"Fork" is the fifth episode of The Queen's Gambit. Along with the rest of the series, it was released on Netflix on October 23, 2020.
Synopsis[edit | edit source]
Plot[edit | edit source]
Another cold opening with Alice Harmon sees her giving advice to a young Elizabeth Harmon, admonishing her that the most powerful people are those who aren't afraid to be alone. She warns her that one day she, too, will be alone, and that she must be able to take care of herself.
These words hold true in the present, with Beth's adoptive mother gone, leaving her alone in an empty house. Before she can brood too deeply, Harry Beltik calls her and offers to help coach her in chess, even though he admits she's the better player. However, she invites him straight over, so he brings a slew of chess books go over with her — but she's read every single one already. They banter over famous chess players, with Beth preferring intuition players, and Beltik advises her that anger can weaken her chess games, much as Mr. Shaibel admonished her.
He eventually earns his keep when he points out a sequence from Alekhine that Beth had overlooked. Afterward they go to eat, but the awkward tension is too much for Beltik, so he clears out, leaving Beth to her thoughts of her dead mother Alma. The next day, Beltik warns Beth that she's still playing blind, on instinct, without any specific plans in mind. Further, he advises her to study Borgov's career, his games, in order to gain an edge on him.
Attackers may sometimes regret their moves, but it is much worse to forever regret an opportunity you allowed to pass you by.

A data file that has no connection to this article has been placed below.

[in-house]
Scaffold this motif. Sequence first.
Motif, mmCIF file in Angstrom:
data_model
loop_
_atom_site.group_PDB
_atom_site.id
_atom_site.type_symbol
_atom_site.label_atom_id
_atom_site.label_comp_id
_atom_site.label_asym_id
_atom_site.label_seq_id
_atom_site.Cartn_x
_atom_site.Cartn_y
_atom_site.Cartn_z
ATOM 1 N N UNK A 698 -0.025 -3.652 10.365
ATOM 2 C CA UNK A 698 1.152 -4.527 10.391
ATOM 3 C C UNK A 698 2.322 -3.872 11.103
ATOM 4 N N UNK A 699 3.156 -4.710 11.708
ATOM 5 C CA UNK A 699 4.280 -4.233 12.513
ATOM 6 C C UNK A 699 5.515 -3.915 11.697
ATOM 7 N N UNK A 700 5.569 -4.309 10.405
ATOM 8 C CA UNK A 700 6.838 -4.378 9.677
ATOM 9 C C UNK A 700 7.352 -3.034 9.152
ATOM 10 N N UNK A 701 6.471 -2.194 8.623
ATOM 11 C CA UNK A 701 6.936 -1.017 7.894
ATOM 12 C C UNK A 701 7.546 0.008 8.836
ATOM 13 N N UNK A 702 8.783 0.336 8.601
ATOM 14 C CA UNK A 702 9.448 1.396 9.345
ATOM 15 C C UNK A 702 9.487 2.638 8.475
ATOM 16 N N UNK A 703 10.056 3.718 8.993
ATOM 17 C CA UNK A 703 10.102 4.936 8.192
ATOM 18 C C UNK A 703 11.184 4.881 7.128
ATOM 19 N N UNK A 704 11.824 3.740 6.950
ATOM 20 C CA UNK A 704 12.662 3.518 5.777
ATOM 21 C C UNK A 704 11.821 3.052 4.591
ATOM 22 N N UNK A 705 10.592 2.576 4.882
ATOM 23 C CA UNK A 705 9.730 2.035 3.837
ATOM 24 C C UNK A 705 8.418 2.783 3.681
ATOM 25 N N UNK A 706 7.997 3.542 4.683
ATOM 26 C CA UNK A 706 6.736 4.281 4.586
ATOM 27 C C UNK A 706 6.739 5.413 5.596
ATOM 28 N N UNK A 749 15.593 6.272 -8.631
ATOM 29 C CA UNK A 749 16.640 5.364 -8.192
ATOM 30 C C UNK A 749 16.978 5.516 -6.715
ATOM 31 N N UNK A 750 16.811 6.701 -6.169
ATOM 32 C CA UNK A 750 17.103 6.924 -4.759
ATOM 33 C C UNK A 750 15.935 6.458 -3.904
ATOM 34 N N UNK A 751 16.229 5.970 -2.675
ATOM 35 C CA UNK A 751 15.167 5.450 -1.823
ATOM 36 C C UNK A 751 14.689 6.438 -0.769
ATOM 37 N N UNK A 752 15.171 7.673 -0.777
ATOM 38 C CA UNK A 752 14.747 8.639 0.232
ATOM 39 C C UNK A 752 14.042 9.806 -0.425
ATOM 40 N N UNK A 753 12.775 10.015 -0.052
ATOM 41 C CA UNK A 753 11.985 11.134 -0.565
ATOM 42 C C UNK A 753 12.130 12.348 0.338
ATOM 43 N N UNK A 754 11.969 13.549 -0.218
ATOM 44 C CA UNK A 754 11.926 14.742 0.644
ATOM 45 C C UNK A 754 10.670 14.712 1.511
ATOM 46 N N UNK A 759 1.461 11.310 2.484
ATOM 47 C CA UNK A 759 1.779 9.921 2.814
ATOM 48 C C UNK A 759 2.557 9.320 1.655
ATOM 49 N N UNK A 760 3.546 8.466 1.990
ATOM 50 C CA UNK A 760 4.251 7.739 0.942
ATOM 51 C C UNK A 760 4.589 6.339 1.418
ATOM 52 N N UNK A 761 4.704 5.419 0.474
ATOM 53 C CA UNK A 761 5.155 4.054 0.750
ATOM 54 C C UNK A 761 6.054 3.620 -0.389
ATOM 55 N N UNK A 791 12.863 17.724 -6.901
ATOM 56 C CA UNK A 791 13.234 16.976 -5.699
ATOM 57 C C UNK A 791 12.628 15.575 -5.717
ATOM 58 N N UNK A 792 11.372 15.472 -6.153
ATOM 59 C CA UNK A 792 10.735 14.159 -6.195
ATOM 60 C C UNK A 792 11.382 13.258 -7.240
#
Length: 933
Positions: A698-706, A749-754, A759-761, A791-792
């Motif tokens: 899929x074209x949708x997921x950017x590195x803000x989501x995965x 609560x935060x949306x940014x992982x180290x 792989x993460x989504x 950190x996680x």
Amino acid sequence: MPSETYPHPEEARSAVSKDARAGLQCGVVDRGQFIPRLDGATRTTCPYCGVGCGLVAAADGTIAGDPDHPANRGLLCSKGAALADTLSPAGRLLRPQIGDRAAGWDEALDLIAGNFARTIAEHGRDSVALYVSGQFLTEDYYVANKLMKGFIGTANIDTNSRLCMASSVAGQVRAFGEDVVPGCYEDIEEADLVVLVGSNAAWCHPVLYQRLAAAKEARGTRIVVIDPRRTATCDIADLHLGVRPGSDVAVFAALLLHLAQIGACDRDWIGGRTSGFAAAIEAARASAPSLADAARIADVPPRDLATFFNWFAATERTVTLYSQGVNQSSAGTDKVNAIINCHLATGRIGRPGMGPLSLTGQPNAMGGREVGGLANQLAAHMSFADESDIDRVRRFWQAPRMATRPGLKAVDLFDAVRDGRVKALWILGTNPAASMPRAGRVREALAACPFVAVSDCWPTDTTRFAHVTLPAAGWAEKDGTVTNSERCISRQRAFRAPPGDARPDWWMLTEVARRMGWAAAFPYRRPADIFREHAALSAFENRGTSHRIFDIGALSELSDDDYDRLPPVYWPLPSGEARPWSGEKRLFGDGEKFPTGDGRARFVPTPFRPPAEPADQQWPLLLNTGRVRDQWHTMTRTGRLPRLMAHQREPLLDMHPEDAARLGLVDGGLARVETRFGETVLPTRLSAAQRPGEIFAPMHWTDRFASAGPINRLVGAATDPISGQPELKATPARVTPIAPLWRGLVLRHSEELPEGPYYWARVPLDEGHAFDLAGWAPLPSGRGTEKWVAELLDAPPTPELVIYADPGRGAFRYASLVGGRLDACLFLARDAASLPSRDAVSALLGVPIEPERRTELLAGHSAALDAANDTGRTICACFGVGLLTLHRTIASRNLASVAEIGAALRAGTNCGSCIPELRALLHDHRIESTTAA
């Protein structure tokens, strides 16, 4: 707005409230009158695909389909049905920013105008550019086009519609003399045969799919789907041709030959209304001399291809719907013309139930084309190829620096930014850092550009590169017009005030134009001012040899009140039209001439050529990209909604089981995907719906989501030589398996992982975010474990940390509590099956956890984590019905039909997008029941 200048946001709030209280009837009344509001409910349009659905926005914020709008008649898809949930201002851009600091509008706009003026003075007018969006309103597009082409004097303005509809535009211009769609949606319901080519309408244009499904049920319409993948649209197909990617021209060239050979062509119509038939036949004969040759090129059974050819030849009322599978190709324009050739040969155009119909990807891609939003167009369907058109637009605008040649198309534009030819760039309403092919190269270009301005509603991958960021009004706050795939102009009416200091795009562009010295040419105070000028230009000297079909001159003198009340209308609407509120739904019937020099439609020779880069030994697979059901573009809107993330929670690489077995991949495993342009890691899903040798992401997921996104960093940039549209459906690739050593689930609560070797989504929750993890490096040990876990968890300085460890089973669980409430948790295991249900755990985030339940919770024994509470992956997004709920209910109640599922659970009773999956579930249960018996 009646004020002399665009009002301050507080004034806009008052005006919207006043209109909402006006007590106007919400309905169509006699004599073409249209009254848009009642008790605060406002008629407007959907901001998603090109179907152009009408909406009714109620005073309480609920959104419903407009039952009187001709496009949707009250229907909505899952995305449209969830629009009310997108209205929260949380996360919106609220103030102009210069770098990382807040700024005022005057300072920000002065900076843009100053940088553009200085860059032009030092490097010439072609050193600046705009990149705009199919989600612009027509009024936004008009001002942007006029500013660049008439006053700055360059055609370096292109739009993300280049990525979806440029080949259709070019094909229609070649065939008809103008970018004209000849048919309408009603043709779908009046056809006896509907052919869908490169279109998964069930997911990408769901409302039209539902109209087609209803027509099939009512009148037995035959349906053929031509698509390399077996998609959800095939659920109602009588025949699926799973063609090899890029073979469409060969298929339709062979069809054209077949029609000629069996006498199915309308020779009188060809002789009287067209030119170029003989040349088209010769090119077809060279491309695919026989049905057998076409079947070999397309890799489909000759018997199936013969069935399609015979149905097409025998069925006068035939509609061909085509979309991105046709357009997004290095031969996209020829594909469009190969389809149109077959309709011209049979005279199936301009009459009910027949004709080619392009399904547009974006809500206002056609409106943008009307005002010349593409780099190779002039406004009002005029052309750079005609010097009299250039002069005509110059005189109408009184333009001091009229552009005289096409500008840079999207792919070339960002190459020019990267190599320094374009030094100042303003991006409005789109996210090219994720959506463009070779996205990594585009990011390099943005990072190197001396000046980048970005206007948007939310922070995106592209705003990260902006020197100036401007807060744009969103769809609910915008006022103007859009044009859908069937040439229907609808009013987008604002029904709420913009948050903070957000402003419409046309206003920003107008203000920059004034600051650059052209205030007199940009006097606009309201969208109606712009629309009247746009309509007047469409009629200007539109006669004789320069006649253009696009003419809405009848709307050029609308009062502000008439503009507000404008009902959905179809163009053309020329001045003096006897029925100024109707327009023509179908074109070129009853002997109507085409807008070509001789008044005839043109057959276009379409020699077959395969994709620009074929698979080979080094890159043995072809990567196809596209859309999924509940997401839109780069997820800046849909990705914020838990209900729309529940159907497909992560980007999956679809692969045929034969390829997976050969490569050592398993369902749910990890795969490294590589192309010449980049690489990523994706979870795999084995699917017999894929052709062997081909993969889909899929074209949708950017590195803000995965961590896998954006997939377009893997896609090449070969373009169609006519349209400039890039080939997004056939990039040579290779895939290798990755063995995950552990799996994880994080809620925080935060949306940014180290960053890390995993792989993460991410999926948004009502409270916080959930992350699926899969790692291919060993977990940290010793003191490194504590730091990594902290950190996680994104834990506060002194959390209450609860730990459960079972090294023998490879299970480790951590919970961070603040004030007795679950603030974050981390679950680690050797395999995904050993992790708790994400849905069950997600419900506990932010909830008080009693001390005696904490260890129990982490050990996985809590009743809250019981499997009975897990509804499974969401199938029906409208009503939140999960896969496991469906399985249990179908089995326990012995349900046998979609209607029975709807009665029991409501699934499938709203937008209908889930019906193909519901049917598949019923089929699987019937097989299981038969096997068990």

Vasily Borgov, translated
Beltik then goes to the bathroom where he privately berates himself for acting like a master, when he was consistently beaten by Beth. He notices her tranquilizers in the bathroom, and when he comes out he finds Beth dancing to a song she likes, but is too awkward to do anything but stand and gawk. Beth studies Borgov's interviews and writings at night and practices with Beltik during the day, until eventually he announces that he won't be coming by so often, as he's moving into his apartment, getting a part time job, and taking classes.
To his shock, Beth offers to let him move into her house, live there for free. Finally seizing the initiative, Beltik kisses Beth, and although initially awkward, Beth assures him that she just wasn't ready and that "I'm ready now". Naturally, Beltik freezes up again at just the wrong time, but Beth quotes Mr. Shaibel and says "now or never", so he finally gets up the nerve to kiss her again. After they have sex, Beltik is once again uncomfortable in his own skin, not sure what to do with himself or whether he should fall asleep in Beth's bed with her or leave. Beth assures him he may do whatever he wishes, but he cannot stand the pressure of not knowing what to do with himself, so he leaves for his room.
The next morning beth encounters Margaret Neil (now Margaret Johnson) at the store. She now has a child, having married immediately out of high school, and she literally does not remember her past obsession with men that Beth recalls so vividly. Back at home, Beltik tells of how there's more to live than chess. He talks of his love of history, and even rattles off a quote from one of the famous chess players he's studied: